Put the dough on a floured work surface and divide it into four portions. Begin with one portion, covering the others with the kitchen towel so they don’t dry out. Using a rolling pin, roll out a rectangle, roughly about 30x25cm (12x10in) and 3mm (1/8in) thick. Evenly spread one portion of butter over the surface of the dough with a spatula or blunt knife. Sprinkle with ¼ of the cinnamon mixture. Roll up to make a long dough sausage. Set aside while you finish rolling out and buttering the rest of the dough, so that you can cut them all together.

Line two large baking sheets with parchment paper. Line up the dough sausages in front of you and cut them slightly on the diagonal, alternating up and down, so that the slices are fat V shapes, with the point of the V about 2cm (¾in) and the base about 5cm (2in). Turn them so they are all the right way up, sitting on their fatter bases. Press down on the center of each one with two fingers, until you think you will almost go through to your work surface. Along the sides you will see the cinnamon stripes oozing outward. Put the buns on the baking sheet, 5cm (2in) apart. Brush lightly with beaten egg and sprinkle a little sugar over the top. Let the buns rise for 30 minutes – in the meantime, preheat the oven to 180/C/350°F.
Bake them for 20-25 minutes, or until they are golden. Check that they are lightly golden underneath as well before you take them out of the oven. Serve hot, warm, or at room temperature and, when they are cool, keep them in an airtight container so they don’t harden.

Makes about 35 buns – I halved the recipe and got 15

Top Secret Recipes

Technicolor Kitchen – English version: Coconut custard bars + the unforgettable “Hugo”

Coconut custard bars / Barrinhas de coco

I don’t have kids, but I imagine that if I did I would love to cook and bake for them, because I already do that with lots of joy for the people I love and care about – I guess it’s a way of expressing my feelings. Maybe people like doing things they love for the ones they love. And why am I telling you all this, you might ask? Well, because that crossed my mind when I left the theater a couple of nights ago, after watching the fantastic “Hugo” – that was Scorsese’s way of expressing his love for his daughter: doing what he does best, what he loves to do for someone he loves. Some people say “I love/like you”, some bake cakes, and others make movies. 🙂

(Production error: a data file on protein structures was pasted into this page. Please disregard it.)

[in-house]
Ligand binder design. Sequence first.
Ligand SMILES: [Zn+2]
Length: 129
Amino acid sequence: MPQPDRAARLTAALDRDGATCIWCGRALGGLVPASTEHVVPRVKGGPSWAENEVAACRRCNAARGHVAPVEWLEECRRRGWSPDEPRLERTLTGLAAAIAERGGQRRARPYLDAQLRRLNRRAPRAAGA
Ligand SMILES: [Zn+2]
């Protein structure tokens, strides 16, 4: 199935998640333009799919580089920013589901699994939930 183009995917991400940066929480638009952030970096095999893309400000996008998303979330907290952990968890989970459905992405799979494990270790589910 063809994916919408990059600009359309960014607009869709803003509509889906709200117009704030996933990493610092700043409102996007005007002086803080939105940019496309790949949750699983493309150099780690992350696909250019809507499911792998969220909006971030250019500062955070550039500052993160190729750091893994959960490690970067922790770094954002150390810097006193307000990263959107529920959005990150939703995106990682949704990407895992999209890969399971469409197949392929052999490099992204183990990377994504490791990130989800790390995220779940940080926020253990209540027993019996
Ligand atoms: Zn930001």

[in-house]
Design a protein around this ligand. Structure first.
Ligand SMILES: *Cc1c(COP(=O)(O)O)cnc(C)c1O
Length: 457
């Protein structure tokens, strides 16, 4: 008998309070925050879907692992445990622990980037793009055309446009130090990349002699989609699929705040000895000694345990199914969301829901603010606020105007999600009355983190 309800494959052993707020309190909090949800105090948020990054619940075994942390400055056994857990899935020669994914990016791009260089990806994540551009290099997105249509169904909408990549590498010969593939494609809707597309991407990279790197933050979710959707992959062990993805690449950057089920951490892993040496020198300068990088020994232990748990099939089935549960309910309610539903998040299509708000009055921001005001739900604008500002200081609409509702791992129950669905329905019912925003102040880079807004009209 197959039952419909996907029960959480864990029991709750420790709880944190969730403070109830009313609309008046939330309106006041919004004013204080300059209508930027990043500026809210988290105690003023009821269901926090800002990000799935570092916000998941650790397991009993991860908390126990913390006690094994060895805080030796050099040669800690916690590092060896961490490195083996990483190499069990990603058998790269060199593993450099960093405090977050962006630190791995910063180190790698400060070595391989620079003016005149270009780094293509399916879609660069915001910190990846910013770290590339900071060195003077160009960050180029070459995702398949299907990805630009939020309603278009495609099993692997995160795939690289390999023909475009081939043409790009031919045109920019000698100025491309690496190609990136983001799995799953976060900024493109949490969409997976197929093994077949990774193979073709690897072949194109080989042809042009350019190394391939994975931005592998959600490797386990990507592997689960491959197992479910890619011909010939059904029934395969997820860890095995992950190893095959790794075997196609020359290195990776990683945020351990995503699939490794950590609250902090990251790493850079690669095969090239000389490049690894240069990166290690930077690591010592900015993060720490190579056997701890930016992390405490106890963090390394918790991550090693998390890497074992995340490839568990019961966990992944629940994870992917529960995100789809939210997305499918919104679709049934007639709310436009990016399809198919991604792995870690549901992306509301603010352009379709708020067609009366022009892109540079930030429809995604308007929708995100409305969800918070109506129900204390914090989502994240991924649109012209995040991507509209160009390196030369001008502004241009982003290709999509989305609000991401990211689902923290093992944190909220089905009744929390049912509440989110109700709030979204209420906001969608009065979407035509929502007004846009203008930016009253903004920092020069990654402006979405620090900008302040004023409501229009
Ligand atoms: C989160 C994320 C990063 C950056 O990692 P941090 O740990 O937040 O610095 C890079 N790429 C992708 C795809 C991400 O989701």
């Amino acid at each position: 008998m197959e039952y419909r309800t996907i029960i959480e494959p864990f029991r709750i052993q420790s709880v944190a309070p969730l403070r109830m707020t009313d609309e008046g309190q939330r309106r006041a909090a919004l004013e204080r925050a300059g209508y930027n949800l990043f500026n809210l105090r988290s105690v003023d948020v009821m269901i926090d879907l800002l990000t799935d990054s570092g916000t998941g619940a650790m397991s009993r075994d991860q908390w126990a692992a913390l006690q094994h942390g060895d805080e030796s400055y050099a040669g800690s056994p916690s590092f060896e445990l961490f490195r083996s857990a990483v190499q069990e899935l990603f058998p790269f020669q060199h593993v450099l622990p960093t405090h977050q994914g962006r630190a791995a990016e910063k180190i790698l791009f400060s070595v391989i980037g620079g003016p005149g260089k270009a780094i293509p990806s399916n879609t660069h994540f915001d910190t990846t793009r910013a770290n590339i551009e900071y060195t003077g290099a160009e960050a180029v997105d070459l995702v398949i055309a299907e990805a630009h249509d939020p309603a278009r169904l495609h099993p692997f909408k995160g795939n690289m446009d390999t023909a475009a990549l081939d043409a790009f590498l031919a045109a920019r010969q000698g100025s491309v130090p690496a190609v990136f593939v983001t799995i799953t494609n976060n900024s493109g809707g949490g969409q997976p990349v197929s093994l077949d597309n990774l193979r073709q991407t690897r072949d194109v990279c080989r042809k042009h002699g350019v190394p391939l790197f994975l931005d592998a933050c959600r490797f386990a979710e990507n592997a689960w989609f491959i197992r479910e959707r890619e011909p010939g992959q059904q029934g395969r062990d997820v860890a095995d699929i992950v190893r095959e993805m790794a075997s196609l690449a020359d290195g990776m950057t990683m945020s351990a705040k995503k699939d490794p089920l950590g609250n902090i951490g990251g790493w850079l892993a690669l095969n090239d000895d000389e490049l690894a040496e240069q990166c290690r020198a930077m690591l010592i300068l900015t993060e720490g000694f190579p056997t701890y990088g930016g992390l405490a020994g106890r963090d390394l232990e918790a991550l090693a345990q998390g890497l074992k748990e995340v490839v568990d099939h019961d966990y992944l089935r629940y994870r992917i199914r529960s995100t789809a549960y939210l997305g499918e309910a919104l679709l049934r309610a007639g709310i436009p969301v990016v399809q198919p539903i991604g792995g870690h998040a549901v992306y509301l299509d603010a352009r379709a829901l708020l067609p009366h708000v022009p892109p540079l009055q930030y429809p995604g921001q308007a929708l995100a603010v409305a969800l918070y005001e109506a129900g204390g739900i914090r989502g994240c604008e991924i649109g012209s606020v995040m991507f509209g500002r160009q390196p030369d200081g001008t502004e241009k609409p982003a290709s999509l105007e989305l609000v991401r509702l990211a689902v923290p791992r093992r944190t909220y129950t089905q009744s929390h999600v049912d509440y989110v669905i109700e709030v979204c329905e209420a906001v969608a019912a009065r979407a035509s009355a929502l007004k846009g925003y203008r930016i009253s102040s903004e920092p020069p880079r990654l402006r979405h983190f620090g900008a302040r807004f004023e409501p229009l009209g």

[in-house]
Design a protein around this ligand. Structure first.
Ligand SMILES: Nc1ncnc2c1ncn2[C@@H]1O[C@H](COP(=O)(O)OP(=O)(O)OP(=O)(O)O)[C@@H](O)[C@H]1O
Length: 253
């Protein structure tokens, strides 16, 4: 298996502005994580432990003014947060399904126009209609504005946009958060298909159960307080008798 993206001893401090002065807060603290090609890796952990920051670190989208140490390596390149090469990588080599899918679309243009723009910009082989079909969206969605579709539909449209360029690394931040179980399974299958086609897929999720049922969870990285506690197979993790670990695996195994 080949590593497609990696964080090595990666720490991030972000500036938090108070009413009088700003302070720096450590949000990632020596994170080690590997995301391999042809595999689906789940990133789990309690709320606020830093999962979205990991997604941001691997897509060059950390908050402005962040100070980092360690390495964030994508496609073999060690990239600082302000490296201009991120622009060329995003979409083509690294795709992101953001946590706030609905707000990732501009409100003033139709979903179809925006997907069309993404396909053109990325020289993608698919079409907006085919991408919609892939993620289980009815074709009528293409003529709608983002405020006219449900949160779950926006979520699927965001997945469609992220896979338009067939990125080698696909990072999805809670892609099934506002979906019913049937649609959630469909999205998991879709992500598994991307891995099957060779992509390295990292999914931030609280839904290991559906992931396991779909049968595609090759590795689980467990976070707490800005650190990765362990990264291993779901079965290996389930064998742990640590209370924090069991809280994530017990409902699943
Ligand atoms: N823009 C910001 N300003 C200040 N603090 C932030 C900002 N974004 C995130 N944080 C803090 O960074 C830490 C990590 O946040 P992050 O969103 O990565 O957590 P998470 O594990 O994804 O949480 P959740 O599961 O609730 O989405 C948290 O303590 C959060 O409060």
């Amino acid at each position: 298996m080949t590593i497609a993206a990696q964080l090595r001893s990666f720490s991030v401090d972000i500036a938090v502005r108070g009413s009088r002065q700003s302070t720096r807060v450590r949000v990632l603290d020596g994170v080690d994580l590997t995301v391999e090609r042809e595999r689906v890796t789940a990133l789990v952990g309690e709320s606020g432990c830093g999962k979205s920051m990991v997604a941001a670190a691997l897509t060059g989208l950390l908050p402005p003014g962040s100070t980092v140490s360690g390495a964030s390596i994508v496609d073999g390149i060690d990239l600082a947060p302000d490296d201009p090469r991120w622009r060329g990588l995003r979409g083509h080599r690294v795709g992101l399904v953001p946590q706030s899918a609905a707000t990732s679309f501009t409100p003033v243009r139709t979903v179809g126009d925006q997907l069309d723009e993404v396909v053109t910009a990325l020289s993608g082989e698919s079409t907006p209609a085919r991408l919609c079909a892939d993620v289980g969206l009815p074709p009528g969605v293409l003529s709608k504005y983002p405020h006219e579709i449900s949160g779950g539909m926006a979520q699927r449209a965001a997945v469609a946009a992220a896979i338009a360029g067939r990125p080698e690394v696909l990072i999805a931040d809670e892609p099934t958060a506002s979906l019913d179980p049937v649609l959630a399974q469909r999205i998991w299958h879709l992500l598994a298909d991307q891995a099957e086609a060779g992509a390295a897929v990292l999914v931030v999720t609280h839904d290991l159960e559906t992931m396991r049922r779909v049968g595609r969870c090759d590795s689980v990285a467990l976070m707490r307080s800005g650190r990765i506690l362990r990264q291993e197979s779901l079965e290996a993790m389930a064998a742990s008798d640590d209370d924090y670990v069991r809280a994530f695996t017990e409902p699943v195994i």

As I sat on my chair and started enjoying my popcorn, several kids entered the theater and sat down, too, waiting for the film to start. That is not something I see very often, given the sort of movies I usually watch. Fifteen minutes into the film and I thought to myself, “are these kids lucky or what?”, because as a child I did not have the opportunity to see something so strikingly beautiful, so perfectly made – actually, to be honest, even as an adult I haven’t seen many movies as beautiful as “Hugo”. I was mesmerized by the images, the colors, the sounds – I was in Paris. Asa Butterfly and his big blue eyes (which remind me of Elijah Wood’s) won my heart completely – he made me cry like a baby and by the end of the movie I wanted to take the kid home with me. I know Scorsese is a very gifted director and has the ability of improving just about anyone’s performance, but I never imagined he’d be so good at directing kids. On the other side, for each tear I shed there was lots of laughter with Sacha Baron Cohen – I thought he was delightful to watch, funny and adorable, which, to me, is Scorsese’s touch again (those of you who have watched Cohen’s previous performances might agree with me).

I wish I could tell you more about “Hugo” but I loved it so much and it moved me in such way that I sort of got speechless – this 33-year-old won’t be forgetting Martin Scorsese’s “kid’s movie”. Ever.

Coconut custard bars
slightly adapted from the wonderful The Good Cookie

1 1/3 cups (186g) all purpose flour
1/3 cup (67g) granulated sugar
¼ teaspoon salt
½ cup (113g/1 stick) unsalted butter, cold and chopped into 1cm (½in) cubes
1 large egg yolk
2 teaspoons cold water
¾ teaspoon vanilla extract

2 large eggs
1 large egg yolk
¾ cup (150g) granulated sugar
1 cup (240ml) unsweetened coconut milk
1 teaspoon vanilla extract
2 tablespoons dark rum
1 tablespoon all purpose flour
pinch of salt
1 cup (100g) sweetened shredded coconut

Make the crust: preheat oven to 180°C/350°F. Butter a 22cm (9in) square pan*.
Place flour, sugar, salt in the bowl of a food processor and process until blended. Scatter butter pieces over the flour mixture and process until mixture resembles coarse meal. In a small bowl, whisk together egg yolk, water and vanilla. With food processor running, add yolk mixture through the feed tube and process just until the dough begins to come together in large clumps. Scrape the dough into the prepared pan and, using your fingers, pat it evenly into the bottom of the pan. Bake crust until golden, 20-25 minutes. Transfer the pan to wire rack and cool completely. Leave the oven on.